Skip to main content

An elephantine challenge: human–elephant conflict distribution in the largest Asian elephant population, southern India

Abstract

Wildlife conservation is a complex issue especially when it involves large carnivores or mega-herbivores that are conflict-prone. Karnataka state in southern India is known to harbor high density of wild elephants. This conservation success story also has opportunity costs for communities living in close proximity to elephants. Despite the fact that human–elephant conflict is a serious conservation and social issue, there is little quantitative understanding of conflict especially over large areas. Here we conduct the first analysis of human–elephant conflict distribution, severity and explanatory factors over the entire state of Karnataka. We use data from the state forest department records on villages that experience conflict, compensation payments made by the government, elephant densities, forest cover and perimeter, and presence of physical barriers to mitigate elephant conflict. In total, 60,939 incidences of crop loss were reported and US$ 2.99 m paid in compensation during April 2008–March 2011. A total of 91 people were killed by elephants and 101 elephants died in retaliatory killings during the study period. A total of 9.4 % of the state’s geographic area covering 25 of the 42 forest administrative divisions were affected. There was no significant difference in conflict incidences or compensation given between protected areas and non-protected areas. There was no correlation between conflict incidences/unit area and elephant density, forest cover, forest perimeter of protected areas and presence of physical barriers. The results depict the importance of efficient management of physical barriers, conserving key habitat linkages, and acts as baseline data for future work.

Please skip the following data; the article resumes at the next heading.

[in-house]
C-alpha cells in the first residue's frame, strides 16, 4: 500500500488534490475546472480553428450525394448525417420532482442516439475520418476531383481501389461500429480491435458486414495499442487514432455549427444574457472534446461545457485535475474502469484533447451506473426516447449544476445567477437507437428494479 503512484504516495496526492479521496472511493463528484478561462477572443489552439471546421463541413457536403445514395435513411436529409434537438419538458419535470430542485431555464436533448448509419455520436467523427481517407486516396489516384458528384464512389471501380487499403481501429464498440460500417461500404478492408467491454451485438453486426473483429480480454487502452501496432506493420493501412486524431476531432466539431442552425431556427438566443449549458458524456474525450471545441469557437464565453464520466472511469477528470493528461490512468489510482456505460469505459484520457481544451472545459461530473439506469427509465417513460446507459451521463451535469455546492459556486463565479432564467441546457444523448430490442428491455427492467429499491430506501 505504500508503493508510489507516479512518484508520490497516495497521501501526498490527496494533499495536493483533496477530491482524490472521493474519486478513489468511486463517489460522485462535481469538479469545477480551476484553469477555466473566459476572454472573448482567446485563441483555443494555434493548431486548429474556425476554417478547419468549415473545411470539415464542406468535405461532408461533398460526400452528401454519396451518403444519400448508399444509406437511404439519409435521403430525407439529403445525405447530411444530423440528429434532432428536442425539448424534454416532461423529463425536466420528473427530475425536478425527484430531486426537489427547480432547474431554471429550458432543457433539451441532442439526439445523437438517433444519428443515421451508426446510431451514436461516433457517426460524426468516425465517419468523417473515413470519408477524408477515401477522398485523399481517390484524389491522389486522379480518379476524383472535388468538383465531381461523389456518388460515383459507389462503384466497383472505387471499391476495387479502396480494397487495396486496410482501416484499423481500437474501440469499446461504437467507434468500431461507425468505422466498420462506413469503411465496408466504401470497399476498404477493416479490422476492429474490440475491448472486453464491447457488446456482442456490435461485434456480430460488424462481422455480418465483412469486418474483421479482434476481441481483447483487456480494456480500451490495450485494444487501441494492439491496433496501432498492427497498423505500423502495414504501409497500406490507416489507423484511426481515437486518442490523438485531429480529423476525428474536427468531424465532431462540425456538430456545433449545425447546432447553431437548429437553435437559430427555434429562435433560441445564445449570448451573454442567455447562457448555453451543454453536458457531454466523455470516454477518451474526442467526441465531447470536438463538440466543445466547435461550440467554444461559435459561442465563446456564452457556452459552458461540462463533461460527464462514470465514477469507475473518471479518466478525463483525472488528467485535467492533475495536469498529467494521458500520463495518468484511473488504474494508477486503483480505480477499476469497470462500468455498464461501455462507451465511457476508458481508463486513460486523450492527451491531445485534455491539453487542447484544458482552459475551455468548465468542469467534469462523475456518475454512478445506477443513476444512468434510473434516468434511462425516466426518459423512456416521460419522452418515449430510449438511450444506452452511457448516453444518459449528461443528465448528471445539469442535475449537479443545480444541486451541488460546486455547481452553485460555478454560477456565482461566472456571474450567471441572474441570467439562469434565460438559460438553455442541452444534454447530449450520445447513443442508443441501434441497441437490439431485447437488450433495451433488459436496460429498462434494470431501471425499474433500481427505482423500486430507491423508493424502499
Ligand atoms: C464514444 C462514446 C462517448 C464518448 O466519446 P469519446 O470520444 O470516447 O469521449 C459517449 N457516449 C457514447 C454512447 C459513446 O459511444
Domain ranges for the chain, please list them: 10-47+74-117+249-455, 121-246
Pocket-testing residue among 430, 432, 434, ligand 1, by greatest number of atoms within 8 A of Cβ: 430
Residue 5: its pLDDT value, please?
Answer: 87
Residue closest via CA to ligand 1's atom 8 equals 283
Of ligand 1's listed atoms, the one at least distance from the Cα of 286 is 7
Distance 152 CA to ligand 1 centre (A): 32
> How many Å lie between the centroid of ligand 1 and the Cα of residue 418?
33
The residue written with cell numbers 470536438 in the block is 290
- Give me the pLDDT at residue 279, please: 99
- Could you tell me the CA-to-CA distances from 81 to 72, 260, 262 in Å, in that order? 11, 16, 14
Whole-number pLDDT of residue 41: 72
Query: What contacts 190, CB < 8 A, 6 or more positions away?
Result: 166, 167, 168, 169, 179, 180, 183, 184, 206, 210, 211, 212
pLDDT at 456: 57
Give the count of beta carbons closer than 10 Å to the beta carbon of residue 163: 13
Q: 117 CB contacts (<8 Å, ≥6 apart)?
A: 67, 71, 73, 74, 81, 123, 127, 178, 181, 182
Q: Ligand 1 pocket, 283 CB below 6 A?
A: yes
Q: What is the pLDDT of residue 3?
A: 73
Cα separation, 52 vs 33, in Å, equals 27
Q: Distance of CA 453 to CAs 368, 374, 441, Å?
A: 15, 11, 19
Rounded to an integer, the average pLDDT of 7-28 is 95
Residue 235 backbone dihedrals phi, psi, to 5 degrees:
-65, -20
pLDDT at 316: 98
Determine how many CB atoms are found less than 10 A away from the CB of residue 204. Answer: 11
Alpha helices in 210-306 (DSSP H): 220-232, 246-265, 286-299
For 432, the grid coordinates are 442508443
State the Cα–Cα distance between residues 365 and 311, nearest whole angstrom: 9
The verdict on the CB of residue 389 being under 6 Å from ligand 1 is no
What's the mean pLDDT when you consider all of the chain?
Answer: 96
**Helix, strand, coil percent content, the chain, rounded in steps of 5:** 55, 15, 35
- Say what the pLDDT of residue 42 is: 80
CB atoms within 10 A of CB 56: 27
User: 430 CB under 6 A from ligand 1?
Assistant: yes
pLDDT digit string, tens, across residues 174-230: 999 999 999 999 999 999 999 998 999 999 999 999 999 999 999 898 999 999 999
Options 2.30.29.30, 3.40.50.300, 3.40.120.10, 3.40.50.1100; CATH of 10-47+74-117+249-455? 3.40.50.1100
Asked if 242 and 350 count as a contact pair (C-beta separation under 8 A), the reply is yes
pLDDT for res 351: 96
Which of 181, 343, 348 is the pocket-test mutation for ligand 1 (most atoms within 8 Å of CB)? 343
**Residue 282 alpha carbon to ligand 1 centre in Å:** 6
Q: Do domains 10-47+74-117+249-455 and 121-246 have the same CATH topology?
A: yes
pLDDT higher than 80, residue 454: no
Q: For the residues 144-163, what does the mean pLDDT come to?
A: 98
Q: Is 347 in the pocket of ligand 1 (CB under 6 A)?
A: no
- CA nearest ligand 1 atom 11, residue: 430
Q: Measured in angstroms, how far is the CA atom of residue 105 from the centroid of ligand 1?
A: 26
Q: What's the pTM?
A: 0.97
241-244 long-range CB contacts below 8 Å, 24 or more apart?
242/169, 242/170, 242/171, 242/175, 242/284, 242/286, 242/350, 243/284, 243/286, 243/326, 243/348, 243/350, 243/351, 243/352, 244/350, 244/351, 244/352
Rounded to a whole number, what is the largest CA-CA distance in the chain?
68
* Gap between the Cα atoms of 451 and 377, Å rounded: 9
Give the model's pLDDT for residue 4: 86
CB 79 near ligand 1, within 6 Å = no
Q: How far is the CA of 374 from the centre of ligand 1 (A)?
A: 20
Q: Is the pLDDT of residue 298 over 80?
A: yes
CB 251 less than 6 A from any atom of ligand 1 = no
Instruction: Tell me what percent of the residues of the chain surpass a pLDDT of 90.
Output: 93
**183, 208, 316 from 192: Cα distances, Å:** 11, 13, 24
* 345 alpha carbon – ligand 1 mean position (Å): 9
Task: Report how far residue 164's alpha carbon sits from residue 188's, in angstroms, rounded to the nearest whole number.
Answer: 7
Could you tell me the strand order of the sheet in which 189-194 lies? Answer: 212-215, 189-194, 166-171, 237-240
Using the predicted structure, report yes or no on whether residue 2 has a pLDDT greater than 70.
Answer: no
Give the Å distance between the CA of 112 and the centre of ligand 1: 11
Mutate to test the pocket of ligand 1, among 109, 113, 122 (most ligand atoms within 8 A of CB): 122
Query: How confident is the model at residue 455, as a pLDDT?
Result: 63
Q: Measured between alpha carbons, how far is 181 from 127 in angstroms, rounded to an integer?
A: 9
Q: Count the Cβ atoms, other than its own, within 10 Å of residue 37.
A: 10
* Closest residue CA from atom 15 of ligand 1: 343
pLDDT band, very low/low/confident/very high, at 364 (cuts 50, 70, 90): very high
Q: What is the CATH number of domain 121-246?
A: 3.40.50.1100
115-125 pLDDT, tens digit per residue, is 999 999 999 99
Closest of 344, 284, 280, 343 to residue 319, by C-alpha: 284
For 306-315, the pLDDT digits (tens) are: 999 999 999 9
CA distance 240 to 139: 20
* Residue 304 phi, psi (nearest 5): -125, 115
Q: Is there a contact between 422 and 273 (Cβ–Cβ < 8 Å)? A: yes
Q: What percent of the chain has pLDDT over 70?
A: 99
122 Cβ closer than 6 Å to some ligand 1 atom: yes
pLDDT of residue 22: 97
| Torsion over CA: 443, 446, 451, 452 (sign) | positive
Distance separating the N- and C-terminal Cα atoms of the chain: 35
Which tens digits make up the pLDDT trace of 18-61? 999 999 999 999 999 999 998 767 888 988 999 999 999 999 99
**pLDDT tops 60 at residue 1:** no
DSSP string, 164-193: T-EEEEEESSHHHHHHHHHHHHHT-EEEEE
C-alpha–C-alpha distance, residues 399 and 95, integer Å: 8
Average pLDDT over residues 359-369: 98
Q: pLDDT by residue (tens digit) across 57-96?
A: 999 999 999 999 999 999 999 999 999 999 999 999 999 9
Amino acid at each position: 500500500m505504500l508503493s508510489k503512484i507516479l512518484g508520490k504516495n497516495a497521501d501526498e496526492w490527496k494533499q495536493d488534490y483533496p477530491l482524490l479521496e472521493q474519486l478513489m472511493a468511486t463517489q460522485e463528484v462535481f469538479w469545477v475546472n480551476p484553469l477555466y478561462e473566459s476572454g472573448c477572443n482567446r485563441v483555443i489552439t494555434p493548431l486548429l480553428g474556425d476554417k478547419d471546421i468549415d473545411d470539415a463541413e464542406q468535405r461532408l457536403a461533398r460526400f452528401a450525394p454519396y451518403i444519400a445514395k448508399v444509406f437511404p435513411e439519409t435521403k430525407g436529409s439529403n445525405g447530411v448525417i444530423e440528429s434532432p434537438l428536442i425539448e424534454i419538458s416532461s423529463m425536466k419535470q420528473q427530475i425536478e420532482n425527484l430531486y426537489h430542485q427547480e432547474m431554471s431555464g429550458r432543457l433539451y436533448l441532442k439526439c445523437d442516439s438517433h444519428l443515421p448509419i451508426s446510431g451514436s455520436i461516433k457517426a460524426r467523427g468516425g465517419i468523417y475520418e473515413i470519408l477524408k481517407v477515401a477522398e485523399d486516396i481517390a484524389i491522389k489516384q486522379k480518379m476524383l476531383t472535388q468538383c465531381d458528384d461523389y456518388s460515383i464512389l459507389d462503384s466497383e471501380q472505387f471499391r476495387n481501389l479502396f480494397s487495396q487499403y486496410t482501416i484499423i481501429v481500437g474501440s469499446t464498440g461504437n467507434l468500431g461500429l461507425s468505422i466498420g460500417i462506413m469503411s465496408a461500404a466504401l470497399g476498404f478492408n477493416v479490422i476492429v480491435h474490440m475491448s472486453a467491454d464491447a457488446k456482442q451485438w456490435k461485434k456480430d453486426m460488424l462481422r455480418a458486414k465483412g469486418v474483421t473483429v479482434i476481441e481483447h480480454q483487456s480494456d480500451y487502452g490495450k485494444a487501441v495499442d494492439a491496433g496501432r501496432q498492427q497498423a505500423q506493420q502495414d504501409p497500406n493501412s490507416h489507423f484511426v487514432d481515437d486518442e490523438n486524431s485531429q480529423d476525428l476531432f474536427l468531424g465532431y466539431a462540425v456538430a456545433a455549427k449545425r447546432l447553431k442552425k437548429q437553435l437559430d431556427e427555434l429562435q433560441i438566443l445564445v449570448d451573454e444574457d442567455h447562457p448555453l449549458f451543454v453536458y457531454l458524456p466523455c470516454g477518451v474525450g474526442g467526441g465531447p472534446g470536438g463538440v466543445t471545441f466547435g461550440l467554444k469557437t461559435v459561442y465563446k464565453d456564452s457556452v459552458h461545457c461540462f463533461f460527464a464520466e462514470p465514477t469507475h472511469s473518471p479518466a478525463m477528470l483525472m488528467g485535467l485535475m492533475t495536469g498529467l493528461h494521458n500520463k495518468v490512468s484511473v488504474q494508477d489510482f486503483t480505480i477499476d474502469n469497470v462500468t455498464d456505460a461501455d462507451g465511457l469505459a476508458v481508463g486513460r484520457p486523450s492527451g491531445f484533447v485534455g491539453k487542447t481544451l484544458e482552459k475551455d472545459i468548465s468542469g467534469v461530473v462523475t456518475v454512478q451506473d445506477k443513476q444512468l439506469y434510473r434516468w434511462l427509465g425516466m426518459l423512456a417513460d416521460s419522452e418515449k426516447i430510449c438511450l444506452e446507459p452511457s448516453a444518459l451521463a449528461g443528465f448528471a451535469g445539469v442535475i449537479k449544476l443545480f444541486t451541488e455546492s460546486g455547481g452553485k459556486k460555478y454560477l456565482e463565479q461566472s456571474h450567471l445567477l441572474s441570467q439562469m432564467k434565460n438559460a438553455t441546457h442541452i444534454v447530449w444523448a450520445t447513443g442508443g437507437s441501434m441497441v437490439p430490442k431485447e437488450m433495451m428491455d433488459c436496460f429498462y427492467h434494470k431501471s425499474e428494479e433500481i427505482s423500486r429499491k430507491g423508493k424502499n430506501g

This is a preview of subscription content, access via your institution.

Fig. 1
Fig. 2
Fig. 3
Fig. 4
Fig. 5

References

  • Baskaran N, Sukumar R (2010) Karnataka Elephant Census 2010. Asian Nature Conservation Foundation, Centre for Ecological Sciences and Indian Institute of Science, Bangalore, India

    Google Scholar 

  • Campbell JM (1883) Gazetteer of the Bombay Presidency, vol. XV, Kanara. Government Central Press, Bombay, India

  • Chiyo PI, Lee PC, Moss CJ, Archie EA, Hollister-Smith JA, Alberts SC (2011) No risk, no gain: effects of crop raiding and genetic diversity on body size in male elephants. Behav Ecol 22:552–558

    Article  Google Scholar 

  • ETF (2012) Report of the elephant task force. Report submitted to the Honourable High Court of Karnataka, Bangalore, India

    Google Scholar 

  • Fernando P, Wikramanayake E, Weerakoon D, Jayasinghe LKA, Gunawardene M, Janaka HK (2005) Perceptions and patterns of human–elephant conflict in old and new settlements in Sri Lanka: insights for mitigation and management. Biodivers Conserv 14:2465–2481

    Article  Google Scholar 

  • Goswami VR, Madhusudan MD, Karanth KU (2007) Application of photographic capture–recapture modelling to estimate demographic parameters for male Asian elephants. Anim Conserv 10:391–399

    Article  Google Scholar 

  • Gubbi S (2009) Elephant deaths due to electrocution: a consequence of inappropriate habitat management? Oryx 43:323–324

    Article  Google Scholar 

  • Gubbi S (2010a) Are conservation funds degrading wildlife habitats? Econ and Polit Wkly XLV:22–25

    Google Scholar 

  • Gubbi S (2010b) Making governance effective. Semin 613:61–65

    Google Scholar 

  • Gubbi S (2012) Patterns and co-relates of human–elephant conflict around a south Indian reserve. Biol Conserv 148:88–95

    Article  Google Scholar 

  • Hoare RE (1999) Determinants of human–elephant conflict in a land-use mosaic. J Appl Ecol 36:689–700

    Article  Google Scholar 

  • Hoare RE, du Toit JT (1999) Coexistence between people and elephants in African savannas. Conserv Biol 13:633–639

    Article  Google Scholar 

  • KFD (2013) Forests at a glance. http://www.karnatakaforest.gov.in/English/forest_glance/forest_at_glance.htm. Accessed 2 April 2013

  • Kioko J, Muruthi P, Omondi P, Chiyo PI (2008) The performance of electric fences as elephant barriers in Amboseli, Kenya. S Afr J Wildl Res 38:52–58

    Article  Google Scholar 

  • Lenin J, Sukumar R (2011) Action plan for the mitigation of elephant–human conflict in India. Asian Nature Conservation Foundation, Bangalore, India

    Google Scholar 

  • Linkie M, Dinata Y, Nofrianto A, Leader-Williams N (2007) Patterns and perceptions of wildlife crop raiding in and around Kerinci Seblat National Park, Sumatra. Anim Conserv 10:127–135